10 Important facts about birth control you need to know
It is estimated that around 60% of all women in most western countries use birth control and, of those, by far the majority use an oral contraception. Experts agree that the most effective and the safest forms of birth control are intrauterine devices (IUDs), oral contraceptives and skin patches. Since the 1960’s the choices that are available of different birth control has increased and the effectiveness of them has increased too, but how much do you really know about the birth control method that you use? Other than a very quick chat with your doctor, before he or she writes out a prescription for you, most women get very little information about birth control, so here are ten facts about birth control you need to know, and some of them might surprise you.
1. Birth control pills are only effective if you take them consistently
A birth control pill is only effective if it is taken daily, without skipping a single day. A massive 43% of unplanned pregnancies are reported to have been due to people not following the prescription properly. Even the time of day that you take your pill can impact on its effectiveness.
2. The pill does not protect you against STD’s
Rather surprisingly, there are still a lot of people that believe that birth control pills will also protect them against contracting sexually transmitted diseases (STD’s). This, of course, is completely untrue; the only contraception method that will provide protection against disease is an old fashioned condom.
3. Intrauterine devices are the most effective
Intrauterine devices (IUD’s) have been proven to be the most effective form of birth control and they have been estimated at being 20 times more effective than the birth control pill or patches. The main reason for their effectiveness is that it removes the possibility of human error, such as forgetting to take a pill.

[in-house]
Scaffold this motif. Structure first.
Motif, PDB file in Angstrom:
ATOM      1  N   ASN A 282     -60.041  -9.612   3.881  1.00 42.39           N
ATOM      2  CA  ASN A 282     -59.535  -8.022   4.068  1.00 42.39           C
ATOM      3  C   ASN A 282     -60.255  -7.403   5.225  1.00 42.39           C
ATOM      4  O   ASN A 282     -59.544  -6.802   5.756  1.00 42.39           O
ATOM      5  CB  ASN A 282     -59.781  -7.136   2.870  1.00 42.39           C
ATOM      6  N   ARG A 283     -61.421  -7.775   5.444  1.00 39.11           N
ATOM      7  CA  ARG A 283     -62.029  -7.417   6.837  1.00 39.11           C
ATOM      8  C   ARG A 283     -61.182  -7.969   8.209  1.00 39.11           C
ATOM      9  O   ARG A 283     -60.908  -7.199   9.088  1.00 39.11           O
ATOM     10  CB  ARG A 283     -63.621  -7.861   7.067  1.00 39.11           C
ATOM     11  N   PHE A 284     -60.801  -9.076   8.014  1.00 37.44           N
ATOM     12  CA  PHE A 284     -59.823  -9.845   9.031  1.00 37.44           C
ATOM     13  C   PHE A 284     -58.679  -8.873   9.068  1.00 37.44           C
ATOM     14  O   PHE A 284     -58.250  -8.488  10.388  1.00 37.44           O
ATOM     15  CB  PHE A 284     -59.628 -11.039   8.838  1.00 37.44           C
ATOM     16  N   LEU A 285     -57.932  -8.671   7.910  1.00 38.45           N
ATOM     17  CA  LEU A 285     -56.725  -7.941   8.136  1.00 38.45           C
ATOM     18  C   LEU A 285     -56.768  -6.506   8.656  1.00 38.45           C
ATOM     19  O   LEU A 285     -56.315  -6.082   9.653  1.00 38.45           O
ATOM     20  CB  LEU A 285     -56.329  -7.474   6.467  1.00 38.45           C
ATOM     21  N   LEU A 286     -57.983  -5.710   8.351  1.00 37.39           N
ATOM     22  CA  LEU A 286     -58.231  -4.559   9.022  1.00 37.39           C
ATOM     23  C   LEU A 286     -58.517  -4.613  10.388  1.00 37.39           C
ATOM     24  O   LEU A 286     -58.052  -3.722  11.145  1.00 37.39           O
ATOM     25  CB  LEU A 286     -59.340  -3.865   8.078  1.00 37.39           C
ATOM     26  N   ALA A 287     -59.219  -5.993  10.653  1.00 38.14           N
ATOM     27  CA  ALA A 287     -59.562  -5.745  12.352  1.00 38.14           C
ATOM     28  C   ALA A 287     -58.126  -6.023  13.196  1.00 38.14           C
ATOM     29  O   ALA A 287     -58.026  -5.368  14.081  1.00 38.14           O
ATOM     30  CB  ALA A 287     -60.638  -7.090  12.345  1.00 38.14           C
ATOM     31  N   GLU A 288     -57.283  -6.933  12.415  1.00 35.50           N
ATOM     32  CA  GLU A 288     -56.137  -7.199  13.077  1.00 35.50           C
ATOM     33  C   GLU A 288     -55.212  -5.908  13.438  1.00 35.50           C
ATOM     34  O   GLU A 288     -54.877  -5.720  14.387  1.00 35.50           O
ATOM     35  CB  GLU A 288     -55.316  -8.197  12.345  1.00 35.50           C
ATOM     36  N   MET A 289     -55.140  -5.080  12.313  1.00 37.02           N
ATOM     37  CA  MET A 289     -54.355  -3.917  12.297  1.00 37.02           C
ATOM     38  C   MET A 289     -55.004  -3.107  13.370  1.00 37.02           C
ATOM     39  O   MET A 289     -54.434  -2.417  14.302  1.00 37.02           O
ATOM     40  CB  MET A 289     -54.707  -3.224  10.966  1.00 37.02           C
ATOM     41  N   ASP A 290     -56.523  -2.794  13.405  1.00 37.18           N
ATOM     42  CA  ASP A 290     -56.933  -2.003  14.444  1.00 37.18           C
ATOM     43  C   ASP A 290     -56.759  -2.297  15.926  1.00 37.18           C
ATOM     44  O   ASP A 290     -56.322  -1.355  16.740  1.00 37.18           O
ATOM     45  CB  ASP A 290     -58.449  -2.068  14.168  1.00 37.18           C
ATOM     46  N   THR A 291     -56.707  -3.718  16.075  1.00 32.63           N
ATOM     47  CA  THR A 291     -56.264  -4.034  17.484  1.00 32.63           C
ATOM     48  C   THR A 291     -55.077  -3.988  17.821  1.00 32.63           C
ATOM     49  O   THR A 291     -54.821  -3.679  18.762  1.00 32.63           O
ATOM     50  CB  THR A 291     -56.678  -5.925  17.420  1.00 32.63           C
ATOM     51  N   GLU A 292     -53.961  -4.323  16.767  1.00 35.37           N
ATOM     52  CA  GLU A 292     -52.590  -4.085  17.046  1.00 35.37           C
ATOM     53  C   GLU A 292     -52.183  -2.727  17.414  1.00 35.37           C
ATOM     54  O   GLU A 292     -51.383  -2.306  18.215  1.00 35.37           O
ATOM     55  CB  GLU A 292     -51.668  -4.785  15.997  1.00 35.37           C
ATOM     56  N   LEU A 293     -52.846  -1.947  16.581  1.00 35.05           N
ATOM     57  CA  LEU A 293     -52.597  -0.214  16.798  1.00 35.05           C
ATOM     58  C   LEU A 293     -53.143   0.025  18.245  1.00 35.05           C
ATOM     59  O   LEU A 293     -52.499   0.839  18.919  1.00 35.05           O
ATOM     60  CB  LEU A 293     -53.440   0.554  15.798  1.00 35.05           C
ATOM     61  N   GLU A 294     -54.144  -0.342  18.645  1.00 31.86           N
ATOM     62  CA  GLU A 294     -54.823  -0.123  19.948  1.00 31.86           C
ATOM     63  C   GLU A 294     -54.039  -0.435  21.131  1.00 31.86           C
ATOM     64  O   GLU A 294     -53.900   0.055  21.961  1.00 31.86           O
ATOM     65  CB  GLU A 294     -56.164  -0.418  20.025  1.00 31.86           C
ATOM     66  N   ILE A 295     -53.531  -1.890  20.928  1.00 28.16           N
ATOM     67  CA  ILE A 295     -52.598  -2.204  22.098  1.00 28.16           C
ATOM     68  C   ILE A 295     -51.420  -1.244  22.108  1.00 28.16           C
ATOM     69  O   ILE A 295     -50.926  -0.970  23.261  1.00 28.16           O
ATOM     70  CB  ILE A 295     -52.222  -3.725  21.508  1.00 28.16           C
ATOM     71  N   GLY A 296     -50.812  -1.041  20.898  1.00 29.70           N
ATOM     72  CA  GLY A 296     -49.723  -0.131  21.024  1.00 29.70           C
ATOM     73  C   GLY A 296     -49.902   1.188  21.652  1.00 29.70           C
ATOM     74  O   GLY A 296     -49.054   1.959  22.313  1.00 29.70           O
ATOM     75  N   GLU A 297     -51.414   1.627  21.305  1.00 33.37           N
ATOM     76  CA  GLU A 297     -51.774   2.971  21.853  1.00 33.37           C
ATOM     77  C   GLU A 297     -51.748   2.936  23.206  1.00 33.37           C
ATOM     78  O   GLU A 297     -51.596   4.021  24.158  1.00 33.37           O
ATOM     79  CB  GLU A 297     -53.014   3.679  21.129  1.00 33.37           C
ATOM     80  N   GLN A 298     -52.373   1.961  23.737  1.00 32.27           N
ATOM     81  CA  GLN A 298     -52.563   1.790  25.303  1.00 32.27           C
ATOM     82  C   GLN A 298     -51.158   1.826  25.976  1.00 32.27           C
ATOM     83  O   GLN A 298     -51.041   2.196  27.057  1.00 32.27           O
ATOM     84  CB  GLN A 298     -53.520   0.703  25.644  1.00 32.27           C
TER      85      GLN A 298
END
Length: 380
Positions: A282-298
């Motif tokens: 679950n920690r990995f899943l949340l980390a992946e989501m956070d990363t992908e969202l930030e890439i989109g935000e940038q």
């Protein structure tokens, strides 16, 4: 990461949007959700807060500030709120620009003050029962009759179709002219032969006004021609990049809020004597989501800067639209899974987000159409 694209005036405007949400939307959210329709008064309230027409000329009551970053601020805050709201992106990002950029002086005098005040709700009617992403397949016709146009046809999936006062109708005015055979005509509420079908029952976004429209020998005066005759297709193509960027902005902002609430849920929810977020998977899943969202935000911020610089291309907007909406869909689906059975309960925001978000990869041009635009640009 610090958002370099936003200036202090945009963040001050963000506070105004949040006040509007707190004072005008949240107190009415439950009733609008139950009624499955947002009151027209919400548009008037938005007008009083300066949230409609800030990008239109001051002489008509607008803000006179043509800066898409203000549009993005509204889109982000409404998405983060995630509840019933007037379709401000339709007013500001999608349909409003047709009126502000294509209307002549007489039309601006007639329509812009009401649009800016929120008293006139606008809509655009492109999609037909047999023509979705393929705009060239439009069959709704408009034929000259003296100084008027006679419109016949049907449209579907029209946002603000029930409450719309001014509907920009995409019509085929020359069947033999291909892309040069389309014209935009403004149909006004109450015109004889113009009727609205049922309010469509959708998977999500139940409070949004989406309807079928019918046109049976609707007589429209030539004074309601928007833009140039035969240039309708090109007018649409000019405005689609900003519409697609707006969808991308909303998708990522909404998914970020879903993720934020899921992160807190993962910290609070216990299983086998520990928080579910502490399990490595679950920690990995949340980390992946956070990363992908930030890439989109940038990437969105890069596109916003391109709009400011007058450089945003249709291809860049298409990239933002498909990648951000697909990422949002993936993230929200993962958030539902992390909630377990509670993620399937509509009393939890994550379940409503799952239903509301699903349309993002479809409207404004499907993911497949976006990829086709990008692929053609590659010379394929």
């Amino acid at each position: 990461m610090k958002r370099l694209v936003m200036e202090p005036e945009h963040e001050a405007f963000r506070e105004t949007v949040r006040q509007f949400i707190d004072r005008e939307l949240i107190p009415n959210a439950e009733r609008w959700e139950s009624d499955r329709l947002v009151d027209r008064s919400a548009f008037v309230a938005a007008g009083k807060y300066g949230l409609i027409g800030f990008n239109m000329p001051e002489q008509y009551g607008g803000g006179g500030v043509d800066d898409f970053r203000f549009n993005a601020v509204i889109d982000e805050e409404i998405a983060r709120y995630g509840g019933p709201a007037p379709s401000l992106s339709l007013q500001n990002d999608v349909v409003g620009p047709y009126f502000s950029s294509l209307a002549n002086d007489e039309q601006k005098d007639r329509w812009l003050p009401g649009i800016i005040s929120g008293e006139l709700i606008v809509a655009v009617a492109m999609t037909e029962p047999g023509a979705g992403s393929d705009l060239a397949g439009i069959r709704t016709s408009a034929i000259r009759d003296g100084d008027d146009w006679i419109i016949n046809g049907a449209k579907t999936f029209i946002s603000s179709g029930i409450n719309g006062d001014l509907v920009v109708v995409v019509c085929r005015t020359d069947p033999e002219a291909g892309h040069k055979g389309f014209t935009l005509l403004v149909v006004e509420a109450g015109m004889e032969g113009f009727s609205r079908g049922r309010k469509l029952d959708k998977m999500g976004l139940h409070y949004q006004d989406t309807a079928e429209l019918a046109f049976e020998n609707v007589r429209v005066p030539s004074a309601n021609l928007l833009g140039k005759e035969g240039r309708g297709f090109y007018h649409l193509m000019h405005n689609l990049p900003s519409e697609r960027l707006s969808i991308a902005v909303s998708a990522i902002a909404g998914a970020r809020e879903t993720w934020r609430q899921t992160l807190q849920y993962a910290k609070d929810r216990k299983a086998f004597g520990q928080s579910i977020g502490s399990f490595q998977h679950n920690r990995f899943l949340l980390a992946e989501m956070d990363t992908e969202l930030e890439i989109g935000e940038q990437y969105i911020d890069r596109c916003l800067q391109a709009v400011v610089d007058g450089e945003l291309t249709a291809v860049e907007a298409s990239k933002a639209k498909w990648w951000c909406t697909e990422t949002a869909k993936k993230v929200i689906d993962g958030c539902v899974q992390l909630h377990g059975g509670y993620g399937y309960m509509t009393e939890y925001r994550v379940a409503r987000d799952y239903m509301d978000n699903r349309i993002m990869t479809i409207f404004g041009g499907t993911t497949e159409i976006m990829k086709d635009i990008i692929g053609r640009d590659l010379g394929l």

4. Being on the pill does not have to mean that a girl is sexually active
This is an unimportant message for some, misguided parents of teenage daughters; the birth control pill can be prescribed for many other reasons than birth control. It can be used to make periods more regular and it can be prescribed to ease cramps during menstruation. It does not always mean that the person is currently sexually active.
5. The birth control pill is not effective immediately
Birth control pills can take anything up to two months to become effective, so if you are new to taking the pill, you need to be extra careful for some time after taking the first one. This also applies if you are switching between one type of pill and another.
6. The birth control pill is unlikely to cause weight gain
While early versions of the birth control pill did used to cause many women to gain weight, the more modern versions do not. When birth control pills first came on to the market, they contained higher doses of hormones than the modern ones do, and todays pills are very unlikely to cause weight gain.
7. Other medications can stop the birth control working
You do need to check with your doctor before you start taking any other medications at the same time as a birth control pill, because certain types of medication can reduce the effectiveness of hormonal birth control. Antidepressants, anti-fungal medications and some antibiotics, are just a few examples of medication that can stop the birth control pill working properly.
8. There will, one day, be a male birth control pill
Although no one can put a date on when it will be, research is being conducted into a male birth control pill. Research is ongoing into both hormonal and non-hormonal male birth control pills, but a safe and reliable solution is still expected to be some years off yet.
9. Every pill has side effects
Birth control pills do have their side effects and those side effects vary between different pills and between different women. Some women experience no side effects at all, but it is important to talk to your doctor and work with them to find the particular pill that suits you the best.
10. Taking the pill will not make you infertile
It is nothing more than a myth that taking a birth control pill for an extended amount of time is bad for you, or that it will make you infertile. Tests have been conducted on women who have been taking the pill ever since the early 1960’s and no ill effects have been recorded.
Do you know other facts about birth control?